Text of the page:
Mother Nature Is Out Of Control!
Yes, we know Mother Nature seems to be having some kind of break down and doesn’t know what to do with herself. Unfortunately we are stuck in the middle of this crisis and being left with a serious lack of sunshine, warmer days and dry ground.
This Spring’s weather has been affecting everyone. If you’re like me, the lack of sunny days really plays havoc and can cause some serious mood swings. Besides all these gloom and doom looking days, I am behind planting flowers and every inch the grass gets higher, so does my blood pressure.
Believe me; we are feeling your pain here at Walt’s as well. Spring is already our “crazy busy” season, but throw in all this rain and no nice days to dry it all out, there’s a whole new world of havoc going on.
I’m sure most people already know that mowing wet grass is highly NOT recommended. Not only is it not good for your grass, and leave you with an uneven, grass clumped lawn, it can also cause your mower all kinds of issues.
Unlike dry grass, wet grass will bend over from the weight of the rain. Because of this, it is difficult to get a straight cut and will be in a less than ideal mowing condition afterwards. The finished cut will probably not be at all what you are expecting or want. If you’re a lawn perfectionist, you might have to accept the grass’s unruliness for now and wait until it has a chance to sunbathe.
Wet Clumped Grass
For your mower, this becomes a problem as the grass clumps inside your mower cavity and all over your lawn, this in turn can lead to dead grass underneath the clumps if not raked or vacuumed straightway. Additionally, the chlorophyll in the grass is far more likely to stain when wet. Your body, your clothes, your driveway, and even your house might end up spotted with green from the clumped clippings. Finally, wet grass is sticky grass. The grass may stick to the underside of your mower or clog the motor.
While there is nothing we can do to help Mother Nature regain her composure, let alone force her to give us some much needed sunshine, there are some things you can do to help your lawn and your mower.
Some Tips To Help Through This Rainy Weather
1.) Cut it higher than you normally would. If you normally mow at 3.5 inches, cut wet grass a 4 inches, or higher, if necessary. Try to avoid excess clippings. Most grasses in the particularly damp areas of the country are cool-season types. These grasses grow best with a long leaf of 3 to 4 inches. Most homeowners, however, cut these grasses way too short, and that problem is magnified in damp mowing conditions. The mower can’t handle it. Move the mower deck up to the highest or the second-highest setting and leave it there.
2.) Cut half rows only; half the mower blade should be over a cut portion of the grass and half over the uncut portion so the blade has a limited amount of wet grass to push out the side of the mower.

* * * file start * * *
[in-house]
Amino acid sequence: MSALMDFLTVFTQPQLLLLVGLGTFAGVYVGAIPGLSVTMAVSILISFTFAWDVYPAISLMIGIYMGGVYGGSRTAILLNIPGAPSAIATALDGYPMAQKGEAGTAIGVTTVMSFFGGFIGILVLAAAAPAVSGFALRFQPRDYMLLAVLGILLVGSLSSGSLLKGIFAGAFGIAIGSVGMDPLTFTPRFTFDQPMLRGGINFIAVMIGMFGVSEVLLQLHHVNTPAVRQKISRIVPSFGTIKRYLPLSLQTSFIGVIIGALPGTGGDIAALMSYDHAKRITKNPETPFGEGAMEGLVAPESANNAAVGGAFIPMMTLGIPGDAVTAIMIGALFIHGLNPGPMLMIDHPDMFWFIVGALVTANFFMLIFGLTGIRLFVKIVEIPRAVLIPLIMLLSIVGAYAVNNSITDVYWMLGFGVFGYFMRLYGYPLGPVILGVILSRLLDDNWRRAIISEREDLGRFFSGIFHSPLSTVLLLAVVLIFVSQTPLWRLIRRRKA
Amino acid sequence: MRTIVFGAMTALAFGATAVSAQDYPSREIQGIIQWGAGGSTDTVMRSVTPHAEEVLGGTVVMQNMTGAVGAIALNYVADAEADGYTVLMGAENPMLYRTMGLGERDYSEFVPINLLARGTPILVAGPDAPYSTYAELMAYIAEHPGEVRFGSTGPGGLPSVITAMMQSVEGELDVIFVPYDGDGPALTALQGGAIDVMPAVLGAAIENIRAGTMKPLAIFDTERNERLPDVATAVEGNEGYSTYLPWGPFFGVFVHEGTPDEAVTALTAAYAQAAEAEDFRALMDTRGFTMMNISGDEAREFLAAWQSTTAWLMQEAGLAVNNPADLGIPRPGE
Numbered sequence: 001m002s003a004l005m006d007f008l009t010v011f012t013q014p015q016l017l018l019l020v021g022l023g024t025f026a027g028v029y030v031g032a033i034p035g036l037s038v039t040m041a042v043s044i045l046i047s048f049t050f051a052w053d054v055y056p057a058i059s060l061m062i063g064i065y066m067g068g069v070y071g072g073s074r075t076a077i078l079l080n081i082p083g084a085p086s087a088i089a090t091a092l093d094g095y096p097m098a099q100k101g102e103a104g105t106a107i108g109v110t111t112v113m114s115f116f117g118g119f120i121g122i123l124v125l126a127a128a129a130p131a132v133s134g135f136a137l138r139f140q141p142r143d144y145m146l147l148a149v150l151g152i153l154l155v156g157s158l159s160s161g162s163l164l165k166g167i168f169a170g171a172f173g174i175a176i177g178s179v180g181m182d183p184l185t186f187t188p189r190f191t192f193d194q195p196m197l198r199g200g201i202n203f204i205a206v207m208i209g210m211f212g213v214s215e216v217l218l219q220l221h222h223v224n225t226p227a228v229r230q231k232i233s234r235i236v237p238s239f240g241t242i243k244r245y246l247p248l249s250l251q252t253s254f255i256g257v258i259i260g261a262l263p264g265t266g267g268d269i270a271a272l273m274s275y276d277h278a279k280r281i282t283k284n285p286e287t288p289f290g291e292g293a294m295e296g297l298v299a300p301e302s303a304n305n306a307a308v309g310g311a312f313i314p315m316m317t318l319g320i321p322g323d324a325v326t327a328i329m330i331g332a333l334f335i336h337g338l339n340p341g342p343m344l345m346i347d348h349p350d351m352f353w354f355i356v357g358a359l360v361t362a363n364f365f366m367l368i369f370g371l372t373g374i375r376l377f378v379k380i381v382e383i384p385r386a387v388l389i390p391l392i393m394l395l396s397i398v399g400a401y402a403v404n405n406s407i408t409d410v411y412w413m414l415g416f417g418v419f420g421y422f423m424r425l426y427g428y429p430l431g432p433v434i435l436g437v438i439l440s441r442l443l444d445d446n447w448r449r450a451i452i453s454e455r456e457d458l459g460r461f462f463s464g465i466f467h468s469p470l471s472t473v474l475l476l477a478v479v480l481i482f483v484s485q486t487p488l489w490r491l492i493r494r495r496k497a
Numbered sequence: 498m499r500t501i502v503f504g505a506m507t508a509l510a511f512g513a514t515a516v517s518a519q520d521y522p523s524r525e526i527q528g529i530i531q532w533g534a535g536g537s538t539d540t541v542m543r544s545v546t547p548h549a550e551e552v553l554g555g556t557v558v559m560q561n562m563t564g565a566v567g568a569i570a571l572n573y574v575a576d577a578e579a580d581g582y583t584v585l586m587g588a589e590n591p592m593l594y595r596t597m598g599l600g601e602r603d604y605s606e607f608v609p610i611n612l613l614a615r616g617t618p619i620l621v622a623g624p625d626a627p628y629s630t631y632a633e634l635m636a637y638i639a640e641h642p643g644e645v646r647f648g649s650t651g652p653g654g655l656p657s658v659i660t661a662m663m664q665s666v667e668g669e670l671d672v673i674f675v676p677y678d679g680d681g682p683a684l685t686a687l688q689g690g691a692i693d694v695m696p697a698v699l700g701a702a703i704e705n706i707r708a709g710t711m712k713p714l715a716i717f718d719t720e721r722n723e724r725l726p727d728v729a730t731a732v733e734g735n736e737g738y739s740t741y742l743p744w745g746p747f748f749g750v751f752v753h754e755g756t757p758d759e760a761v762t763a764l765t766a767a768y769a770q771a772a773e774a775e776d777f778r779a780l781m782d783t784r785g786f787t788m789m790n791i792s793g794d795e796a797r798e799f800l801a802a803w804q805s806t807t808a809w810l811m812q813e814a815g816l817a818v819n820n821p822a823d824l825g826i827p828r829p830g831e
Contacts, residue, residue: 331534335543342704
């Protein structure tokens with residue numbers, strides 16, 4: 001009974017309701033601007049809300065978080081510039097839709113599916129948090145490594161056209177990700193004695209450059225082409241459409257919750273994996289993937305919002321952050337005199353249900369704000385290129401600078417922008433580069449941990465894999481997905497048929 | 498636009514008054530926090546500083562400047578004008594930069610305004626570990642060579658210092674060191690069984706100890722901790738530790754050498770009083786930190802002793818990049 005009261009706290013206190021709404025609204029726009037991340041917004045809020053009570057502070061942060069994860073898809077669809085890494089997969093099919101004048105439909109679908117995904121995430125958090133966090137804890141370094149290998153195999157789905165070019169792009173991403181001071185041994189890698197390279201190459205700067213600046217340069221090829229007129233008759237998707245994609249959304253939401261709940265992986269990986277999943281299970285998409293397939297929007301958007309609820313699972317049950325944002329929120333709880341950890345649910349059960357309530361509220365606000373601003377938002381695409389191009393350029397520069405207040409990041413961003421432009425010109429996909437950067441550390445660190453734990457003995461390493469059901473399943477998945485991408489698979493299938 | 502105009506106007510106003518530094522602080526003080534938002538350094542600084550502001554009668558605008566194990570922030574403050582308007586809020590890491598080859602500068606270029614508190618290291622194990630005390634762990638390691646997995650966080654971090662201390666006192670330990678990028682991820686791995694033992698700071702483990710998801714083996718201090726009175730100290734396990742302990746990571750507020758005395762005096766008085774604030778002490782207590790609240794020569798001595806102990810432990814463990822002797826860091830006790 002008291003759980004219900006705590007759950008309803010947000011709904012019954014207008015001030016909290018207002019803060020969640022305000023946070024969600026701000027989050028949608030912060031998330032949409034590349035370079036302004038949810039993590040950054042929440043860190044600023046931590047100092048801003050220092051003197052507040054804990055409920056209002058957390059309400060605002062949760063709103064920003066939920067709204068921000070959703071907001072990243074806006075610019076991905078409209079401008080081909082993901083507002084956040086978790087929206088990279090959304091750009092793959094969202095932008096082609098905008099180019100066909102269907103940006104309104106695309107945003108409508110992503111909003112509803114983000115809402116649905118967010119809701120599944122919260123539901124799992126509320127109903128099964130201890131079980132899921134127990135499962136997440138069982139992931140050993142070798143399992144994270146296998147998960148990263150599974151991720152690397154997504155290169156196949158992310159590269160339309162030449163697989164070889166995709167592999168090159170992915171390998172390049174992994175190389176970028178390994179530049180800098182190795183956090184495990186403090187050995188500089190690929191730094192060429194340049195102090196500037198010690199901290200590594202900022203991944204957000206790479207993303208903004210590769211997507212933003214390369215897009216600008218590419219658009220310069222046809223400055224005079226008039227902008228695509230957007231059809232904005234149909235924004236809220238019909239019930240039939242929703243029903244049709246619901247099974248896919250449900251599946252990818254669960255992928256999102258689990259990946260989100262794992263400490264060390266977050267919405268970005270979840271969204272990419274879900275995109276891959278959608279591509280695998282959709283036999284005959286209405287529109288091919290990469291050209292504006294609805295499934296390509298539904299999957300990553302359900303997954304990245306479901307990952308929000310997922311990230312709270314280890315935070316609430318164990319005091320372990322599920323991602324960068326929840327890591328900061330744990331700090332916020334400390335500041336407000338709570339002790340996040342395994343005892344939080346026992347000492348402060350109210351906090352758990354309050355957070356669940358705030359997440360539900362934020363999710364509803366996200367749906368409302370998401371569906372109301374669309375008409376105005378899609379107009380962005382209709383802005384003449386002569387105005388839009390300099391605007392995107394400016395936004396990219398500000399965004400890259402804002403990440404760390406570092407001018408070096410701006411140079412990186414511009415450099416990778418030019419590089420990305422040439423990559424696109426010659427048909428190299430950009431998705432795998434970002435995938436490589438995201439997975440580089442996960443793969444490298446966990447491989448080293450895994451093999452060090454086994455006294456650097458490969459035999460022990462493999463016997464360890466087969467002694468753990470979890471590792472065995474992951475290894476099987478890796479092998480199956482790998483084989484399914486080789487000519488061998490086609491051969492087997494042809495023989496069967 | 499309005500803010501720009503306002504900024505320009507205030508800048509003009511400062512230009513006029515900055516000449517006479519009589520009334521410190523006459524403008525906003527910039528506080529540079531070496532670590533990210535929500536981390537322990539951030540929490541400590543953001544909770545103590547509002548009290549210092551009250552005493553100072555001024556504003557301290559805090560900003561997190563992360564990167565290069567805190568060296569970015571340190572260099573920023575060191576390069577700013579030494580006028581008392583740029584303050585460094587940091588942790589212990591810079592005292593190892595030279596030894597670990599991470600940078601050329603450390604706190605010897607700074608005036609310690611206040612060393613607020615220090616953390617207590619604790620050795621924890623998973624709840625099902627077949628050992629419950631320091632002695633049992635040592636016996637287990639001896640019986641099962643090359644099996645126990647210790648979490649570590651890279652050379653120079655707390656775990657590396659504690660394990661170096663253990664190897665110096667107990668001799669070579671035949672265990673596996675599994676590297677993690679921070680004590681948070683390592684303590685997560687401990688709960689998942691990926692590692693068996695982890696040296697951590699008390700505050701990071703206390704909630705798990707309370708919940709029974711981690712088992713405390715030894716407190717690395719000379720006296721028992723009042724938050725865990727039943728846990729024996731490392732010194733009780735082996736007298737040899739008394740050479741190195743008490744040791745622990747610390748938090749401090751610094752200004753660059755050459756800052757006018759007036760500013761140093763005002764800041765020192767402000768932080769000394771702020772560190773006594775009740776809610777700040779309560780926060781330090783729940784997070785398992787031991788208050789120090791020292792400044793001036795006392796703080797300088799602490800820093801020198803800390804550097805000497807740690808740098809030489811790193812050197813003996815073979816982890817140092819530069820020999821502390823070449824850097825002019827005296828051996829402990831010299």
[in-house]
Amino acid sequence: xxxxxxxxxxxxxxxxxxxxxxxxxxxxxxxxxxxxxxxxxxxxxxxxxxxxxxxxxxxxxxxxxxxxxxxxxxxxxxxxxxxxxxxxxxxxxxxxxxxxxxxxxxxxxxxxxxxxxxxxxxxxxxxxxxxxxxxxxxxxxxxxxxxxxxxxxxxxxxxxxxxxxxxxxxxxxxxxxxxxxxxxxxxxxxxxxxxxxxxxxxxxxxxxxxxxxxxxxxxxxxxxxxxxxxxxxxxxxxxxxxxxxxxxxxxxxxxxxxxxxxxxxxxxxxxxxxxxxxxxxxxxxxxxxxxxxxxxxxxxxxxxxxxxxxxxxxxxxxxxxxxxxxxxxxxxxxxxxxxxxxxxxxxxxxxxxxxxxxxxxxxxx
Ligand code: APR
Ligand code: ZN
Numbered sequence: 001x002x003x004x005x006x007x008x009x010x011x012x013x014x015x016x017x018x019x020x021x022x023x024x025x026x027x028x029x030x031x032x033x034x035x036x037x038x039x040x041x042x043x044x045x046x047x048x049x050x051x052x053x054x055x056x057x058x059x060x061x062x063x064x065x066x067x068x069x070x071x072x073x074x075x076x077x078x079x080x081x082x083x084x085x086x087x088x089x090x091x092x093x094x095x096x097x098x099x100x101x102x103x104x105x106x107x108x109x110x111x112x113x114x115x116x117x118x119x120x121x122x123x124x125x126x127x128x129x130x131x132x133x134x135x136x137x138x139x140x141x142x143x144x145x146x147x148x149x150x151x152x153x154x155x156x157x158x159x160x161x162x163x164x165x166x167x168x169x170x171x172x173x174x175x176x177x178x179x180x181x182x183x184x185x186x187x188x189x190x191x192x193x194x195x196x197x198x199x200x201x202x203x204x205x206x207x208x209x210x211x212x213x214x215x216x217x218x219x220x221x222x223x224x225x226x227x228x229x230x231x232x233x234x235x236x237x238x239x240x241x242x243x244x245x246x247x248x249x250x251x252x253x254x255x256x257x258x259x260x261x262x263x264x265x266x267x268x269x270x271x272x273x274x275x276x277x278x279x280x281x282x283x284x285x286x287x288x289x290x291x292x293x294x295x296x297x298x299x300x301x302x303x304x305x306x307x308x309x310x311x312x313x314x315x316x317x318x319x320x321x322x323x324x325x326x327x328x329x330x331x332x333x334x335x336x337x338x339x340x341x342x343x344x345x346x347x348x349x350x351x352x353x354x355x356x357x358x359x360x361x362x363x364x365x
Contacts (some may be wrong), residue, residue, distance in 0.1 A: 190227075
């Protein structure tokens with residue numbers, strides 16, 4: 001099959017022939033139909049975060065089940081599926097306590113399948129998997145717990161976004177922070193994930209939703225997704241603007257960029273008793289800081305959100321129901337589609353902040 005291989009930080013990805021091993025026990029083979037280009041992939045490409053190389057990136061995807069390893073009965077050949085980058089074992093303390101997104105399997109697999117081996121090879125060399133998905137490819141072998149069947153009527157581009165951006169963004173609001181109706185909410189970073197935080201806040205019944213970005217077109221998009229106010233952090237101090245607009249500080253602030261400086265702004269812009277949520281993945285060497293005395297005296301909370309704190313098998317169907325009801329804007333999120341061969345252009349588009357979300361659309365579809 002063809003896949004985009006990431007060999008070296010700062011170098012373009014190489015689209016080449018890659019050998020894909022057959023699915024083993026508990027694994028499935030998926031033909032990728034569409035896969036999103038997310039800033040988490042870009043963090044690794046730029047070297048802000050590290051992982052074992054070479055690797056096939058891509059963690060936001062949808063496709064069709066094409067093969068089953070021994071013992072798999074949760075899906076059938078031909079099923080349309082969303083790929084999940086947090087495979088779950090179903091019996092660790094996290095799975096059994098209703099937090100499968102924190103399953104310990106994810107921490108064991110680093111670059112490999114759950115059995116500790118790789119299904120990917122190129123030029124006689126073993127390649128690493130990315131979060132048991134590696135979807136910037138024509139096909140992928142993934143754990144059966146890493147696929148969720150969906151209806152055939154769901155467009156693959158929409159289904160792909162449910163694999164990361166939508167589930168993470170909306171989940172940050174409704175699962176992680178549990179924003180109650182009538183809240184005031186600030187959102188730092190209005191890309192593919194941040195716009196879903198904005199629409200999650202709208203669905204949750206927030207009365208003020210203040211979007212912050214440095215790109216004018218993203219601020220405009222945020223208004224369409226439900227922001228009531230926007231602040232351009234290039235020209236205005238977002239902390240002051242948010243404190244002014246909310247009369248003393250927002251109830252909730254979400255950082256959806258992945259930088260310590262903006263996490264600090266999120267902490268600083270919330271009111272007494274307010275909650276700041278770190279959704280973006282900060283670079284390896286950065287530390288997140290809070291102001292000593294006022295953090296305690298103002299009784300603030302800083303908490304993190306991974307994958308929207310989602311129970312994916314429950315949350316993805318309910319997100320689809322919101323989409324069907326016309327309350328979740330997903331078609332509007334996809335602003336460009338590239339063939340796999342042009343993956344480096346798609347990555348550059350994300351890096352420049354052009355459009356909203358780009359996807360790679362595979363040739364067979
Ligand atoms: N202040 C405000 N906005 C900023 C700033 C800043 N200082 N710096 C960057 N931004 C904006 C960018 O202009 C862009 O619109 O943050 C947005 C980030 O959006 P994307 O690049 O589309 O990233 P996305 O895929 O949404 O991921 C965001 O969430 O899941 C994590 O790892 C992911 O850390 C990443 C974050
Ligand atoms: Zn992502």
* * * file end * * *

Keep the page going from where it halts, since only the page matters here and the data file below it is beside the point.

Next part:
3.) If you end up with a lot of “hay” (excess clippings) on your lawn be sure and remove them as soon as you can…rake, use a yard sweeper, or cut and bag them with the mower when it’s dry (or drier), piled up clippings suffocate healthy growth and can cause fungal disease in your turf. Damp grass clippings cling to the underside of a mower deck and form a soggy layer that quickly turns into a moldy mess. If your mower has a washout port, then by all means use it to clean the deck. But even after you’re done, scrape the deck clean with a putty knife, being particularly careful to clean the lip where the deck edge curls under. (The same goes for your string trimmer. Clean the debris shield every time you trim.)
4.) Shut off the mower periodically and wait for the blades to stop. Put on gloves and turn over the mower. Pull away any grass that is clumping on the inside of the mower casing or sticking to the blades. Clean the side-discharge vent until it is free of wet grass.
5.) Make sure your mower blade is sharp. A sharp blade produces a crisp, clean cut. This keeps the grass healthy and helps fight against disease in tender spring plants. It is predominantly important during damp mowing conditions, when the blade will have an inclination to shred rather than cut the grass. It also reduces drag on your engine
6.) Finally, mow ahead of schedule if you can. That’s right, if you know it’s going to rain on Wednesday you might want to mow a day or two earlier to get ahead of the weather and the extra growth. And mow more often if you can.
7.) When All Else Fails, Side-Discharge If conditions are really bad, side-discharge instead of bagging or mulching. Set the mower to the highest setting, put the side discharge in place, and mow. This leaves rows of clippings on the lawn, of course. You can cross-mow (mow at 90 degrees to the first mow) in mulching or bagging mode to take care of the clippings; you can rake them up, or you can let them dry for a couple of days and mow again, this time in mulching or bagging mode.
8.) Manage Fuel Be sure to buy no more fuel than you will use in two to three weeks. The ethanol in today’s gasoline has an affinity for moisture. Stabilizing the fuel and going through your fuel supply as rapidly impossible prevents fuel contamination.